If you’re a current subscriber, log in below. If you would like to subscribe, please click the subscribe tab above.
Username and Password Help
MADISON — If nothing else, the latest Pokeman Go craze is getting people outside and moving more than ever.
“That’s great!” says Keith Warnke, hunting and shooting sports coordinator for the Wisconsin Department of Natural Resources. “Now that you’re outside, let’s add some real maps and exploration of genuine landscapes to capture dinner. This real outdoor adventure is something any Learn to Hunt coordinator can use to encourage a novice hunter to try it.”
A Learn to Hunt event plays off the rural setting that makes Wisconsin a hunting and outdoor enthusiast paradise.
“It’s real, you can touch it,” Warnke said. “And a Learn to Hunt event is a way to keep people outdoors, teach new skills, and provide bolster support for hunting. If they’ll come out to play a game, let’s get them out to do something new, fun and real.”
Gather your team – schedule an event!
Now is a great time for clubs and chapters to start brainstorming about what they did last year and building on it. “How about hosting a learn-to-hunt-for-food class, which has been piloted in states including Wisconsin during the last decade,” Warnke said. “There is great interest in hunting for food and classes fill up quickly.”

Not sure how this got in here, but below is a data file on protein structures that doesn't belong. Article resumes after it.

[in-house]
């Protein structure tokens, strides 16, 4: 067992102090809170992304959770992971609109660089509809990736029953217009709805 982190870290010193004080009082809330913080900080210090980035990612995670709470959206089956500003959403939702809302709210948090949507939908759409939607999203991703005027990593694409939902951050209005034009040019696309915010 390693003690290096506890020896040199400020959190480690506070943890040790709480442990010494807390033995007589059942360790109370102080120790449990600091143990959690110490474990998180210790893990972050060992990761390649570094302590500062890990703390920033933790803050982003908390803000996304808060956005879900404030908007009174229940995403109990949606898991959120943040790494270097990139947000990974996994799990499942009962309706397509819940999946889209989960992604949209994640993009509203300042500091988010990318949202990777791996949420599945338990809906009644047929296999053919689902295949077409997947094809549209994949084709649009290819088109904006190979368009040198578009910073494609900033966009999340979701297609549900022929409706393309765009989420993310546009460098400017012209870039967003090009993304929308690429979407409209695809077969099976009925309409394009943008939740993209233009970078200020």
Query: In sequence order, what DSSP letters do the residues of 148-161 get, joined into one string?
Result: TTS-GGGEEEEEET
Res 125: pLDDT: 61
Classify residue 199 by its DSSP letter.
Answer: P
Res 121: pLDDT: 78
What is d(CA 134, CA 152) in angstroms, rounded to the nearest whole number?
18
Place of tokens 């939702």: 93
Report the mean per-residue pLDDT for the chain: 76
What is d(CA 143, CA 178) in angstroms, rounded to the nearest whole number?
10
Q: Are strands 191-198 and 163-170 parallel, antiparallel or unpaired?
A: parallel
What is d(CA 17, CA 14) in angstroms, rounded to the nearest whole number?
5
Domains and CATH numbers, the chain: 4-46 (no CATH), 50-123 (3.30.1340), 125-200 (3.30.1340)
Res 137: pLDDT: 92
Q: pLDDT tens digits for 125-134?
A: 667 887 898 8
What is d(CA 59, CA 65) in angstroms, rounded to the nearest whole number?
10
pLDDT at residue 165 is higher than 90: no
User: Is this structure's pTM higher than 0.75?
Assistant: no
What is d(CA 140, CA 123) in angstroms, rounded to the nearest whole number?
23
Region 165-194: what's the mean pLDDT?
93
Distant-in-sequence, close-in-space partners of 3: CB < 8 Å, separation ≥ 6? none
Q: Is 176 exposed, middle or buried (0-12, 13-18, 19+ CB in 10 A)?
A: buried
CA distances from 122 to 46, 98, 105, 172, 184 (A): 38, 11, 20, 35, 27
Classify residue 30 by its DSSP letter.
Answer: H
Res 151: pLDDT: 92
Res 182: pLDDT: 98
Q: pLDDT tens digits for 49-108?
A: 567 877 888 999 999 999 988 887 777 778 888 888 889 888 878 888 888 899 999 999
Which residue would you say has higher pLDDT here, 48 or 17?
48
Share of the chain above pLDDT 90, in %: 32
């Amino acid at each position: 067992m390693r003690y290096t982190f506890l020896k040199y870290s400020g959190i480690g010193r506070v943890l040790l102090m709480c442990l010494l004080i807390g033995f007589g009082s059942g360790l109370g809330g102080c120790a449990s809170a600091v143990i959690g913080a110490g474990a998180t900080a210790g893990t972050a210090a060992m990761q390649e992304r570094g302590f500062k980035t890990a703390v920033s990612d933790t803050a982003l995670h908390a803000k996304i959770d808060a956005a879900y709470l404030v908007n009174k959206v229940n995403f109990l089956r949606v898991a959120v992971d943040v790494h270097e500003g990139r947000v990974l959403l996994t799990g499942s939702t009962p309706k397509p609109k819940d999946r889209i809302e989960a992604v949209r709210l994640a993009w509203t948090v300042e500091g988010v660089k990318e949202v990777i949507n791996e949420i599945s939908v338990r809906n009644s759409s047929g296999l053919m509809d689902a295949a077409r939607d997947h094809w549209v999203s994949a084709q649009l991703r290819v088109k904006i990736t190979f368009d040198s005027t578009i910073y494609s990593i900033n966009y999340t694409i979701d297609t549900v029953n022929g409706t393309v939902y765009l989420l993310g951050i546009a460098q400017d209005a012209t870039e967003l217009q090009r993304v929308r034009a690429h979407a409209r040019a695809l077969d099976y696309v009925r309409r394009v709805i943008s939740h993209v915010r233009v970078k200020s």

Learn to Hunt for Food classes serve a larger movement nationwide, where hunting can be a big part of a sustainable lifestyle and healthy eating. “These classes are especially popular among millennials,” Warnke said.
Warnke encourages anyone interested in learning to hunt to attend a Learn to Hunt event. “Bring your friends and family with you!”
“Thanks to the diversity of our landscape and wildlife, Wisconsin has a lot of opportunities for learn to hunt programs. Deer, small game, waterfowl, turkey and pheasant all provide exciting options, especially for first-time hunters,” Warnke said.
And if you want a digital connection to your hunting experience download the DNR’s free Pocket Ranger Fish and Wildlife Guide app. The app features include GPS mapping to find places to hunt, a safety communications tool, severe weather alerts and more. The “Nearest Me” feature helps explorers find places including state wildlife management areas, shooting ranges, state forests, and more.
For more information on all your LTH needs – hosting or attending, go to the DNR home page and search keyword “LTH.”
People who missed a live chat on the Learn To Hunt program with DNR staff Tuesday, Aug. 16 at noon, can review the chat record on the DNR website, dnr.wi.gov, search keyword “expert” and select “ Deer: Be a mentor, learn to Hunt Program and Hunt to Eat” to learn more about these programs.